USDA: Make It More Obvious When Meat Is 'Enhanced'

Most shoppers don't know when their meat has been pumped full of sodium.
Are you sure you know what's in here? (Photo: Getty Images).
Jul 25, 2011
Exec. Prod. of Franchises & Series. He previously reported for HuffPost, L.A. Daily Journal, and Biloxi Sun-Herald.

There's a reason that pork roast, chicken breast, or steak might taste a bit saltier than you intended: unbeknownst to most consumers, almost 90 percent of pork, 30 percent of poultry, and 15 percent of beef on the market is injected with a liquid solution before it hits store shelves. 

The American Meat Institute says that "enhancing solutions" are used "so that lean cuts stay moist when they are cooked."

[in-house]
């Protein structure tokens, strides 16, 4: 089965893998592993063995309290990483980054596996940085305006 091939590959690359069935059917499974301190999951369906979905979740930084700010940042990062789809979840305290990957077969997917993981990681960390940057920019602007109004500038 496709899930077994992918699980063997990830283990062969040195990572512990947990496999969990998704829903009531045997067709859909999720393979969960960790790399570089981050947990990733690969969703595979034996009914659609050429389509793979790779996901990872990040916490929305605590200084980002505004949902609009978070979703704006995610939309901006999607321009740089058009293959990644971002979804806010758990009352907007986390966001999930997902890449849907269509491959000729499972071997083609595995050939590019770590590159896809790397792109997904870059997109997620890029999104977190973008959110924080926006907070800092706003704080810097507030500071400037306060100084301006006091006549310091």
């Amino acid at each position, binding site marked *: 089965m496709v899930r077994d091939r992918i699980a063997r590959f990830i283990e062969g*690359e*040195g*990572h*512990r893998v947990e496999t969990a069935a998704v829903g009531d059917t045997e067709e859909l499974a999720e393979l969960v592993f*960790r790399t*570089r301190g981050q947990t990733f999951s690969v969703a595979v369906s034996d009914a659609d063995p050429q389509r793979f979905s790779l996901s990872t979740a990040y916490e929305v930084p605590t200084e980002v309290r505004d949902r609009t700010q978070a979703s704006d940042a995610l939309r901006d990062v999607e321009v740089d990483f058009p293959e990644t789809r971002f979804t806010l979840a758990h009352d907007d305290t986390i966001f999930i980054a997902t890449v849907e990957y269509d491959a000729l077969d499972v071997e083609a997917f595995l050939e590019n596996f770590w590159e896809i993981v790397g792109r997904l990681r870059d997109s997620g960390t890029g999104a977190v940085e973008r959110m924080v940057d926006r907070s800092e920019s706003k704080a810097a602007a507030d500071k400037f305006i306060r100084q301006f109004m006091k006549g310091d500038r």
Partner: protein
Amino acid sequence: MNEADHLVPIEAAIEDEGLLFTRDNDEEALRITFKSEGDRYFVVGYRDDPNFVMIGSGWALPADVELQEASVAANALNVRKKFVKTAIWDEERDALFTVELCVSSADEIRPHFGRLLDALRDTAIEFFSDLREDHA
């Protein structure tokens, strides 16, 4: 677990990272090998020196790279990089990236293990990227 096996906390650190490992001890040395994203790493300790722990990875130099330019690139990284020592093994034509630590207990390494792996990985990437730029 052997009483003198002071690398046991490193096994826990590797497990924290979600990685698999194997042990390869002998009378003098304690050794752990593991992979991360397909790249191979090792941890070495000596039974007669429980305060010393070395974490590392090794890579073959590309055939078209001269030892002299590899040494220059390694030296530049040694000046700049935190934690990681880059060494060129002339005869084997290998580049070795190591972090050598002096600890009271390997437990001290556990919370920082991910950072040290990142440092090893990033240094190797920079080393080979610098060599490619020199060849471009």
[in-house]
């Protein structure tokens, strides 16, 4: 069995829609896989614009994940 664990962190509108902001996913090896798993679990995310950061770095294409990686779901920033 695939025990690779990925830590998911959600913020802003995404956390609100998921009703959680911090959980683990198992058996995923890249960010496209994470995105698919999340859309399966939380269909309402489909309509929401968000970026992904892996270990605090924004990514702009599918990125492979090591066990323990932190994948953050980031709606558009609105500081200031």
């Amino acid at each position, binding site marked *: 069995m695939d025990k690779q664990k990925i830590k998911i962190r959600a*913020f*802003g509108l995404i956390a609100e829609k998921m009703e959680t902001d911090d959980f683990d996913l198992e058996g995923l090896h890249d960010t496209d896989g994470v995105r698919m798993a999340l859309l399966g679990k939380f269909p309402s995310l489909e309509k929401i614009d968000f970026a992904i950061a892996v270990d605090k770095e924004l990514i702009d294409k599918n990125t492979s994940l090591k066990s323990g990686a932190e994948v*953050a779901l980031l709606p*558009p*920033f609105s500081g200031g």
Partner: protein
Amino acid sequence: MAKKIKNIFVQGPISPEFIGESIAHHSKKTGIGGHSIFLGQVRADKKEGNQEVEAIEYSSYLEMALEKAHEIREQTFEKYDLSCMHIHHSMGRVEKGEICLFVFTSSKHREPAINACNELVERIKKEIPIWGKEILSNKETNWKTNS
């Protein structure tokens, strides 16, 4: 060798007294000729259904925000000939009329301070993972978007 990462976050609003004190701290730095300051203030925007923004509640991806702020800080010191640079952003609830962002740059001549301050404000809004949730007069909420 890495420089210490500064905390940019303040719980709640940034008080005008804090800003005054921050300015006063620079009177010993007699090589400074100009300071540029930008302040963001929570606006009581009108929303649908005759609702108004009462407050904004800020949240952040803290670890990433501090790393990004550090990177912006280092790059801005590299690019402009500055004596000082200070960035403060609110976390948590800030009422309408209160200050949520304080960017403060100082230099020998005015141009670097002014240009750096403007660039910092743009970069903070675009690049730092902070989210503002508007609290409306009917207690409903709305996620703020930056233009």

But food safety advocates have slammed the practice, saying it artificially increases the weight of meat products—and therefore the price. They also argue that the practice is misleading and confusing for consumers who may be trying to cut back on their sodium intake. 

And the USDA has got their back.

Under a proposed rule unveiled last week, the USDA would establish "common, easy-to-understand names for raw meat and poultry products that include injections, marinades or have otherwise incorporated added solutions which may not be visible to the consumer."

Currently, enhancing solutions need to be listed somewhere on the packaging, but the proposed rule would require them to be displayed more prominently. 

You can click here to read the entire proposed rule. 

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